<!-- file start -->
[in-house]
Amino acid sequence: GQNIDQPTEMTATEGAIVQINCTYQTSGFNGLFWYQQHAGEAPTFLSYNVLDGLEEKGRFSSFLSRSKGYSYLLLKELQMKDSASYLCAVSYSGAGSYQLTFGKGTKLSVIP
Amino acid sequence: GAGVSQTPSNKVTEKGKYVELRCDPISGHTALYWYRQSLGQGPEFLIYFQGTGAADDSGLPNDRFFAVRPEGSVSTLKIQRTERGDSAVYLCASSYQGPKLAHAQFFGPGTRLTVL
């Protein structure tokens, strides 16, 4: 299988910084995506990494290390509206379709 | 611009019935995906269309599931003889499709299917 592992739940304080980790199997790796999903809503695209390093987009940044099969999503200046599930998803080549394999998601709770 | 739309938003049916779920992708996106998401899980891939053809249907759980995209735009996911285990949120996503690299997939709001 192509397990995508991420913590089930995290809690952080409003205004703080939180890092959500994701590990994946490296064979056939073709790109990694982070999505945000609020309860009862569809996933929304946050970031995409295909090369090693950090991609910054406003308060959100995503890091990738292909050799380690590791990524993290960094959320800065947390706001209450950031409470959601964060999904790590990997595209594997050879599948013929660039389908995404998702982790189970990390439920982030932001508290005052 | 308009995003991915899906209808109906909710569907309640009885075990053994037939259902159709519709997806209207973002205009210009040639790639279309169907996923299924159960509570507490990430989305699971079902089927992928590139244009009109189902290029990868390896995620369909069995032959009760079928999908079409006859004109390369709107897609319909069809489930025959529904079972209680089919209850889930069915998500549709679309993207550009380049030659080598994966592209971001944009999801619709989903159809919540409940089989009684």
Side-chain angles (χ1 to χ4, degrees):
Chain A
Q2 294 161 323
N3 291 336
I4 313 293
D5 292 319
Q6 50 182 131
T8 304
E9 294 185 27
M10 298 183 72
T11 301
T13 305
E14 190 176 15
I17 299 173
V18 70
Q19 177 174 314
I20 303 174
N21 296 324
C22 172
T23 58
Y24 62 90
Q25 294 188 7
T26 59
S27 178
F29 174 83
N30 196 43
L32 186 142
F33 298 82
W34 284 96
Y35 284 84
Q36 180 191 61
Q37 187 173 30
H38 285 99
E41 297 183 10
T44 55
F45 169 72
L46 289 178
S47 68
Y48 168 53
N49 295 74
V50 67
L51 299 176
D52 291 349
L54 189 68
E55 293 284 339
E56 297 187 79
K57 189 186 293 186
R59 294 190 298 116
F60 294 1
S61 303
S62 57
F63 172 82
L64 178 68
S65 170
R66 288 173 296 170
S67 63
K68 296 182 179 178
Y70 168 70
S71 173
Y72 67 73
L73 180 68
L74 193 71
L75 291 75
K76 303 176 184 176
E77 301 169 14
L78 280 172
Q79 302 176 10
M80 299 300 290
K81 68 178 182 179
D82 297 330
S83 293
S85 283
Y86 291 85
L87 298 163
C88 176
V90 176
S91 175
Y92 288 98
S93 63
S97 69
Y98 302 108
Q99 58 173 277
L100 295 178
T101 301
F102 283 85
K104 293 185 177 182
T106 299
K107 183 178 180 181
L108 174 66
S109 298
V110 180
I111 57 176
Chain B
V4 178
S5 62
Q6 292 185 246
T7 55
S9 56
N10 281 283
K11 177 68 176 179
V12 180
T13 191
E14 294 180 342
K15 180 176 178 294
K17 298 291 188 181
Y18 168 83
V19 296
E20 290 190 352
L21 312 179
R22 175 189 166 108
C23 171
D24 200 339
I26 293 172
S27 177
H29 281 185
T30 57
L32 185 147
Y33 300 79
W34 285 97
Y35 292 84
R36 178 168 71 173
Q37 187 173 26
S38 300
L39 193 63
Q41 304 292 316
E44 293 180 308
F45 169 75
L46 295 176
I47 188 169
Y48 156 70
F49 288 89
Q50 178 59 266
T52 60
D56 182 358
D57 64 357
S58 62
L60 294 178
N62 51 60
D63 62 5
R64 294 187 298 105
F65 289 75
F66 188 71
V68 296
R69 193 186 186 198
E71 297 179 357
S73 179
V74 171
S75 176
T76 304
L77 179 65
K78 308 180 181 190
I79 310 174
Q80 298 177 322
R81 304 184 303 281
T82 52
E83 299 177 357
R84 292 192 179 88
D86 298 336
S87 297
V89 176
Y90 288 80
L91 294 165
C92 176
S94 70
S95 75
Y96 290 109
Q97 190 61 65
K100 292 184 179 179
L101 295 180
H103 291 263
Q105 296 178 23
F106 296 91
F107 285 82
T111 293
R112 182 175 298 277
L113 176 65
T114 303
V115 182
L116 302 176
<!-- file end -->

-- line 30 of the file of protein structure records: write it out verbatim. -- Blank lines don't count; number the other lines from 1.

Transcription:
N30 196 43